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The exponent of a floating-point number is represented in excess-N code so that:

1. The dynamic range is large.
2. The precision is high.
3. The smallest number is represented by all zeros.
4. Overflow is avoided.

Ans : C) The smallest number is represented by all zeros.

In computer system, a floating-point number is represented as S E M, i.e. using Sign bit, Exponent bits and Mantissa bits.

The exponent can be a positive as well as a negative number. So to represent negative number we can use 1's complement or 2's complement. Better choice would be 2's complement.

If we use 2's complement system to represent exponent, then problem will arise while comparing 2 floating point numbers. For example, if exponent of the 2 numbers are negative then for comparing we will have to convert them into positive number.

So to avoid this extra work, excess-N code is used so that all exponent can be represented in positive numbers, starting with 0.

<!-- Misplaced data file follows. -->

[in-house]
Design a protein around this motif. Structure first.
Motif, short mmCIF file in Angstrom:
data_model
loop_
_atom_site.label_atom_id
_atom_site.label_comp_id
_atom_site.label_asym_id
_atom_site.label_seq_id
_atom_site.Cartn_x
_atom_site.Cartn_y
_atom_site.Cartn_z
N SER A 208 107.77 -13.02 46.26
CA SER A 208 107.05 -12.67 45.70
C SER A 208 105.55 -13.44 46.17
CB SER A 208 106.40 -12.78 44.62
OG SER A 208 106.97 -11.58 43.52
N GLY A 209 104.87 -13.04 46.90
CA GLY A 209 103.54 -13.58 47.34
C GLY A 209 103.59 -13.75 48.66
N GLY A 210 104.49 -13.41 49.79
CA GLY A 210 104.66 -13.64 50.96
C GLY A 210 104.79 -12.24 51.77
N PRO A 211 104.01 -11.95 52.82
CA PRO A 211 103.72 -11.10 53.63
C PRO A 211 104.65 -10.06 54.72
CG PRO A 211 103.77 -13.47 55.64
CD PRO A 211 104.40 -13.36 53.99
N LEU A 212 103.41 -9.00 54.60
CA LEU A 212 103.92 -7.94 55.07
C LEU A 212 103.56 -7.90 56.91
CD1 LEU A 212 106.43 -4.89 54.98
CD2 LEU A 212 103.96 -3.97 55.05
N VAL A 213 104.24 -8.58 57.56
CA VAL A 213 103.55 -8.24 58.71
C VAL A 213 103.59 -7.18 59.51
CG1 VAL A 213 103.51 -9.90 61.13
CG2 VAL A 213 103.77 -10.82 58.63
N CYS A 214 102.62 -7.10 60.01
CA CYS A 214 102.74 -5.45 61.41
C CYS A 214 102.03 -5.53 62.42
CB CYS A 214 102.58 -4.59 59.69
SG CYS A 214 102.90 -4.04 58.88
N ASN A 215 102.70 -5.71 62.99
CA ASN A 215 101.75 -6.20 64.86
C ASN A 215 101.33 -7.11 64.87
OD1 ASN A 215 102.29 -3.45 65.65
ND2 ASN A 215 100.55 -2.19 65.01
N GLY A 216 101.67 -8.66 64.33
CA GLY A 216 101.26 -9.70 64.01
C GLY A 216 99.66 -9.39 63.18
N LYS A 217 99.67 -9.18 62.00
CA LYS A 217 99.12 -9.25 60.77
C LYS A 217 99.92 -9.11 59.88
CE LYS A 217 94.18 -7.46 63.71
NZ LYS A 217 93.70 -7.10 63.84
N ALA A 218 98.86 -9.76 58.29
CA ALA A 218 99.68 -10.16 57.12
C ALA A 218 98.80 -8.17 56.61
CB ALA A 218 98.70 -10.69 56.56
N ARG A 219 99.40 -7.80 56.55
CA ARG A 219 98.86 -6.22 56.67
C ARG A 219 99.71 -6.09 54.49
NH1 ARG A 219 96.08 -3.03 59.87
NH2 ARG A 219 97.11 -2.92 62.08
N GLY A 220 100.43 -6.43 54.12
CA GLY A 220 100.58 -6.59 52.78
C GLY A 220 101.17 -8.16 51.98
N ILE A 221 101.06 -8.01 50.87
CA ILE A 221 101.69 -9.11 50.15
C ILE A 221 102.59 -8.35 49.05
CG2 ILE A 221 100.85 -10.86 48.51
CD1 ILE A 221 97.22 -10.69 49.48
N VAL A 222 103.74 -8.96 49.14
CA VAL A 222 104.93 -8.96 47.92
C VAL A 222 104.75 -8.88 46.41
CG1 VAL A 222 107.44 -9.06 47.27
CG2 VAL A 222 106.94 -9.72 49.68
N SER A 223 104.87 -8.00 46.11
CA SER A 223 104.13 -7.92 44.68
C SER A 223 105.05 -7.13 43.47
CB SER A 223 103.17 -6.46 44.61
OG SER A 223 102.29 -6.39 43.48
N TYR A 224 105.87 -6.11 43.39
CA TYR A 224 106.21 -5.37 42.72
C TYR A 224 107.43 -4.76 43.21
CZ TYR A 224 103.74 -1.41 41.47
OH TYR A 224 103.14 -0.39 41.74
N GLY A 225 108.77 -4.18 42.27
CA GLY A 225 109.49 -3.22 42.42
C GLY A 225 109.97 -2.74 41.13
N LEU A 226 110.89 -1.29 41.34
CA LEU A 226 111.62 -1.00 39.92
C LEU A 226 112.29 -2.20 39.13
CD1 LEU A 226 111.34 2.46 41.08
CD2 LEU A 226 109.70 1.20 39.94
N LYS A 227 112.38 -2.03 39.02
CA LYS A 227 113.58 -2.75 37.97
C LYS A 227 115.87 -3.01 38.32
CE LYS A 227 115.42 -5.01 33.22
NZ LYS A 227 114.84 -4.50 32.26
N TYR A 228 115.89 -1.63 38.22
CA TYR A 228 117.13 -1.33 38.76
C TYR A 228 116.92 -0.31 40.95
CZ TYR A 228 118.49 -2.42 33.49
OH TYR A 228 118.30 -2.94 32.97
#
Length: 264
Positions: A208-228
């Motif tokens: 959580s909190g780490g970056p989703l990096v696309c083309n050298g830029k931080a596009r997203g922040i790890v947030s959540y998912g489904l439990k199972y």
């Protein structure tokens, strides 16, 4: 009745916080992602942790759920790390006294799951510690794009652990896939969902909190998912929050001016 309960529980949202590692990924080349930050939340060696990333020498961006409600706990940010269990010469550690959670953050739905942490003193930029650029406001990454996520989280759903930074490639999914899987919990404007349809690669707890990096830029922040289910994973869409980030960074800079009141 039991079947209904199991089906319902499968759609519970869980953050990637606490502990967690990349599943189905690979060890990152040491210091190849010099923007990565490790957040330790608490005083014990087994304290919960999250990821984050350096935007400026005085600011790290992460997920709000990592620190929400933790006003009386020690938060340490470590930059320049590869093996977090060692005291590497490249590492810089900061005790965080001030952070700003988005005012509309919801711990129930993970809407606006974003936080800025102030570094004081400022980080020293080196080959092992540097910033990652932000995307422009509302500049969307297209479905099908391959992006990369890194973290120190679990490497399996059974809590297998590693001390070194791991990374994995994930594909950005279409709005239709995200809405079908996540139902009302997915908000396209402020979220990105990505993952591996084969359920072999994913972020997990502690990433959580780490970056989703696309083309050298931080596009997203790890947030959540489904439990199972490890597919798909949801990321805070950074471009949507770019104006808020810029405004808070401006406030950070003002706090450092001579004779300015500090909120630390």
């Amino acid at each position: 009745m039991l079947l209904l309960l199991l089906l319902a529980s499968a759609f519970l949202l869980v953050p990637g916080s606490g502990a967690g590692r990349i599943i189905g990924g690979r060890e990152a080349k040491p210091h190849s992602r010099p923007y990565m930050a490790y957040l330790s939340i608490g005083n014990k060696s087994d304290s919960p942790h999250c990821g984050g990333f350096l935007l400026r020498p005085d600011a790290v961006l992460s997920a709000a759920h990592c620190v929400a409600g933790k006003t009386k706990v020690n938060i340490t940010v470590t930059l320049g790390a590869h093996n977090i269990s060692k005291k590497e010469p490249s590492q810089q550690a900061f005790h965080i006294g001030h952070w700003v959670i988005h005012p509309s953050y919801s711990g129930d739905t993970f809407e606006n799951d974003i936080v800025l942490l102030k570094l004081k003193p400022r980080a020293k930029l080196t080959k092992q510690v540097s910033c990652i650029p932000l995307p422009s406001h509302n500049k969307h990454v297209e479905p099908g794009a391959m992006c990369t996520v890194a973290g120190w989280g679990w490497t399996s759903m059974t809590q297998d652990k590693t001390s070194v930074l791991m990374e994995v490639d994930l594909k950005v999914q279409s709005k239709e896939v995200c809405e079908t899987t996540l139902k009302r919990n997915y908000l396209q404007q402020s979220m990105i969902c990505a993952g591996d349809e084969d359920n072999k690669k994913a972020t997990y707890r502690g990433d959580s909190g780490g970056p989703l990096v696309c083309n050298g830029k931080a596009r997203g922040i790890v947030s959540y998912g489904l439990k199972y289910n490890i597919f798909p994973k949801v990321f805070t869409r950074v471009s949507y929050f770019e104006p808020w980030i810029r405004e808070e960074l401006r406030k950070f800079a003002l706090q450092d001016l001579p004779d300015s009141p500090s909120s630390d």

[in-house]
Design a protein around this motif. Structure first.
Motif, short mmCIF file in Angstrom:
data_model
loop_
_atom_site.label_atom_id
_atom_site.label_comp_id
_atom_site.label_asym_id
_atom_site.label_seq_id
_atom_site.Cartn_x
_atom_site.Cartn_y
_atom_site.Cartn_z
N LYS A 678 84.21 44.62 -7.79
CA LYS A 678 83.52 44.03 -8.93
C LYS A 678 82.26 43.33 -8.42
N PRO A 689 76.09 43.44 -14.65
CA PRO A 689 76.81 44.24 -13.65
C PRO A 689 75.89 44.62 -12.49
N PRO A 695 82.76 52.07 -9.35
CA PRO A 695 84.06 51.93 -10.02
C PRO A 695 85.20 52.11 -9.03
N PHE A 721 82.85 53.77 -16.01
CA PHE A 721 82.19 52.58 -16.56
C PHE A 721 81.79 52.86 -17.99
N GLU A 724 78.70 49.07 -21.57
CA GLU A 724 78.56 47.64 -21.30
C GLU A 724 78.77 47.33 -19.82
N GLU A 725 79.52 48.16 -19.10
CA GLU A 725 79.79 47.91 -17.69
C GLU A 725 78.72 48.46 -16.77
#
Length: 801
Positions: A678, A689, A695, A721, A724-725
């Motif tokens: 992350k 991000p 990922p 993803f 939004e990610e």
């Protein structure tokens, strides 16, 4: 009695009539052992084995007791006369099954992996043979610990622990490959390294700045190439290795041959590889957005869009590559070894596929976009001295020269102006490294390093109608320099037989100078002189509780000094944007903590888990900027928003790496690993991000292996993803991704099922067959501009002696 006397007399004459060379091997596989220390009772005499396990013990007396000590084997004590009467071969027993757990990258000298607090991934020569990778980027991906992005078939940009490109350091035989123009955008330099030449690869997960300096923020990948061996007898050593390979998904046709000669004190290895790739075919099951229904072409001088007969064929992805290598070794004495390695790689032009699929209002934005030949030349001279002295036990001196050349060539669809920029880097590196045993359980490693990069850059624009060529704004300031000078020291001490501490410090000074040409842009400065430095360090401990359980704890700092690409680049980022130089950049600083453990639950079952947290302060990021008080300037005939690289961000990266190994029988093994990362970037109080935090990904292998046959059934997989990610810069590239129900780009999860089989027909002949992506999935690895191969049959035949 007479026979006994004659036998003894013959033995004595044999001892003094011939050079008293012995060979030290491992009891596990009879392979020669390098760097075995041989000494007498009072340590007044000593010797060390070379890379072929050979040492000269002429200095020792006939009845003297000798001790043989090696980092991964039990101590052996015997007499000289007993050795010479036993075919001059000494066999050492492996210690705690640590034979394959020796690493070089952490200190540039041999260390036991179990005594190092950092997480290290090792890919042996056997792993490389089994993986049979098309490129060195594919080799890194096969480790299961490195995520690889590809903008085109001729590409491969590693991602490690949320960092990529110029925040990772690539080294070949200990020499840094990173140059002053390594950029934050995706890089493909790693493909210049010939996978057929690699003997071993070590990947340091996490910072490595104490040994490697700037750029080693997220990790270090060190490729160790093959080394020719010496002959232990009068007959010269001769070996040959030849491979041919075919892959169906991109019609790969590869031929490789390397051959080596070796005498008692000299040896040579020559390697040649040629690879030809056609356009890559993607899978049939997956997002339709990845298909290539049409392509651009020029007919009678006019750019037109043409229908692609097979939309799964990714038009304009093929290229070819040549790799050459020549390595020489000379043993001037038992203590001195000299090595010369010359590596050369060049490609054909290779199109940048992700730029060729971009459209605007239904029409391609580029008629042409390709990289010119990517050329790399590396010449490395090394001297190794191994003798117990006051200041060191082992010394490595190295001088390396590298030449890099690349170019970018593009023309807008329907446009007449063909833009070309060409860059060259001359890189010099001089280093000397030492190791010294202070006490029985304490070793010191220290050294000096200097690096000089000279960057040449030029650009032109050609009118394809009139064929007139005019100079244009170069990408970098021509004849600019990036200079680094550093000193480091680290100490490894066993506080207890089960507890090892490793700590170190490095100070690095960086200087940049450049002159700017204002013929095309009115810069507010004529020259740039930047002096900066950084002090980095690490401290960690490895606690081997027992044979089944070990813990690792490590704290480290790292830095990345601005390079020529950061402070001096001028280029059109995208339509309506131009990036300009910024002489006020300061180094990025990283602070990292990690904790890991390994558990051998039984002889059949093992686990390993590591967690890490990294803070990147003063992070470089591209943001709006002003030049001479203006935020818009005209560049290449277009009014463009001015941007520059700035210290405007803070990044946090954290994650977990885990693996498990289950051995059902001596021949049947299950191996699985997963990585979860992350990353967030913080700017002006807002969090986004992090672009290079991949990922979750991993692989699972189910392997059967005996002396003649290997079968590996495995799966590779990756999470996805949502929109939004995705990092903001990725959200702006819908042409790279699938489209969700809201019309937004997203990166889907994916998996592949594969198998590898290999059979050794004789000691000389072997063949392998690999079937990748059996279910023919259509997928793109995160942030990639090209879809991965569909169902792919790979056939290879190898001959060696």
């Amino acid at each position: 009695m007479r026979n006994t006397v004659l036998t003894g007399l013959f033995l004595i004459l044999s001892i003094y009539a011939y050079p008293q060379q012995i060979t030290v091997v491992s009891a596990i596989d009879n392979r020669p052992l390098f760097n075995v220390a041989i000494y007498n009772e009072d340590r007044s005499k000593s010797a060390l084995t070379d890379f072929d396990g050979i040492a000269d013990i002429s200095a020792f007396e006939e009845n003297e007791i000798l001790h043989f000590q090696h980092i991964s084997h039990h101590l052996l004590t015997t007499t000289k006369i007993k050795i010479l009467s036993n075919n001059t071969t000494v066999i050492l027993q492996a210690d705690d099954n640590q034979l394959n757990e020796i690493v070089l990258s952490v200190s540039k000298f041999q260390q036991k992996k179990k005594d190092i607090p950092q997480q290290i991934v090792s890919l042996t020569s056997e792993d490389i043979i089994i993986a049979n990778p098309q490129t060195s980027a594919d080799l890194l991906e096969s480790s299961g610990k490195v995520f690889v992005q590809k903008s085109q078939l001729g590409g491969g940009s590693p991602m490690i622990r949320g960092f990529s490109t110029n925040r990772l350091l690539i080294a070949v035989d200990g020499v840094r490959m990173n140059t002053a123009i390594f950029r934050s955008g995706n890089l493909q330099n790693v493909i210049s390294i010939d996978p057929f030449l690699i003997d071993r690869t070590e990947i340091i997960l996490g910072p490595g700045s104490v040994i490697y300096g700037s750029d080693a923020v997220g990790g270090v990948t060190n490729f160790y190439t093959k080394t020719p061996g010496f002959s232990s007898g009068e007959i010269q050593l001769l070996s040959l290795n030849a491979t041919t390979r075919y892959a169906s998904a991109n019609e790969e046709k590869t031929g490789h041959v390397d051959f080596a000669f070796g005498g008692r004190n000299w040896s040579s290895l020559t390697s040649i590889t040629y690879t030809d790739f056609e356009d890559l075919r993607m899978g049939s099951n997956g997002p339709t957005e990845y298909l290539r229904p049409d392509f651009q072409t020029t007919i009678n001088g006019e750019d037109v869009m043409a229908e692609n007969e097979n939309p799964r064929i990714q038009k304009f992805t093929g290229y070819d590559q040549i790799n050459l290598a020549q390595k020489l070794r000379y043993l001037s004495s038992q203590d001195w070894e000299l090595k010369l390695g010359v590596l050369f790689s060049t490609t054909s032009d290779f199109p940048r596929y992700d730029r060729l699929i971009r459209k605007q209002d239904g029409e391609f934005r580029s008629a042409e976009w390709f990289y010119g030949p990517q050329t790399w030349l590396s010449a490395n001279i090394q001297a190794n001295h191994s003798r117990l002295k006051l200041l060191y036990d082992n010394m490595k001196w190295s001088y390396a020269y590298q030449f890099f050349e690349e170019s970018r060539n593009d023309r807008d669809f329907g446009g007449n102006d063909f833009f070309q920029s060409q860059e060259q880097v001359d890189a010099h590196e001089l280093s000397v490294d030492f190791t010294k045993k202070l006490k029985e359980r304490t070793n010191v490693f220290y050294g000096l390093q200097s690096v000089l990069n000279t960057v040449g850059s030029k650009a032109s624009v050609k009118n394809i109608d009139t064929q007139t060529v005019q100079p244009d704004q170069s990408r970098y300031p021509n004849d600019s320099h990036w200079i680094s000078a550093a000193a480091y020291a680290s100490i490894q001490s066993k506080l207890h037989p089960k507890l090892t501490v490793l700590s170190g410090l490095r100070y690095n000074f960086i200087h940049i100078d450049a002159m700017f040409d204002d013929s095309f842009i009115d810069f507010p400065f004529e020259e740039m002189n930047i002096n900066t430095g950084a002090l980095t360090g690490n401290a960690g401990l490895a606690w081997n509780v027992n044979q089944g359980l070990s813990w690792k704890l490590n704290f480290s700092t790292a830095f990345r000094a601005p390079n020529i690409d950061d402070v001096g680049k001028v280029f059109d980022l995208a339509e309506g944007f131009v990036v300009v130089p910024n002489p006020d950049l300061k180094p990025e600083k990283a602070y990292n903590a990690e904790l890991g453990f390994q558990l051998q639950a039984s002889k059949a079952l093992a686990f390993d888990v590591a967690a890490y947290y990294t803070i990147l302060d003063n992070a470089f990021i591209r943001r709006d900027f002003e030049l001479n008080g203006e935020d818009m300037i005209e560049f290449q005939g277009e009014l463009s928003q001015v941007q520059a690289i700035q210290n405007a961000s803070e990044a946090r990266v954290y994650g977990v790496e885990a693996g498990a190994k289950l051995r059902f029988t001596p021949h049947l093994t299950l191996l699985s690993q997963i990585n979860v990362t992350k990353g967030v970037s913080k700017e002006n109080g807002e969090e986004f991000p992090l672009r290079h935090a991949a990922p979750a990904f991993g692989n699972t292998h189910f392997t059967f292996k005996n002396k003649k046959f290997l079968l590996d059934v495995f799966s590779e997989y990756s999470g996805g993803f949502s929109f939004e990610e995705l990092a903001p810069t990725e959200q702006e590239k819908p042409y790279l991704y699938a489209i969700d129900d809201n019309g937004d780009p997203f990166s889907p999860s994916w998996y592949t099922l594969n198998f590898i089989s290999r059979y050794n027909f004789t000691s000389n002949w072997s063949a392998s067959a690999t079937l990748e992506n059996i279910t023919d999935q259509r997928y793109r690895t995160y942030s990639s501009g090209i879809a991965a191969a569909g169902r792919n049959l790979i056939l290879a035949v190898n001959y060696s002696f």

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but how does this explanation make option (C) correct?

If we eliminate the options then we are left with option (C).
And (C) is the correct answer because to represent the smallest number we just only need to put all 0's in the exponent field, so to get the actual exponent we need to subtract N from 0 only.

but if we use 2's complement' 1's complement/ sign magnitude we have that convert that the -ve exponent, while in Excess-N we just need to put all exponent bits as 0's.

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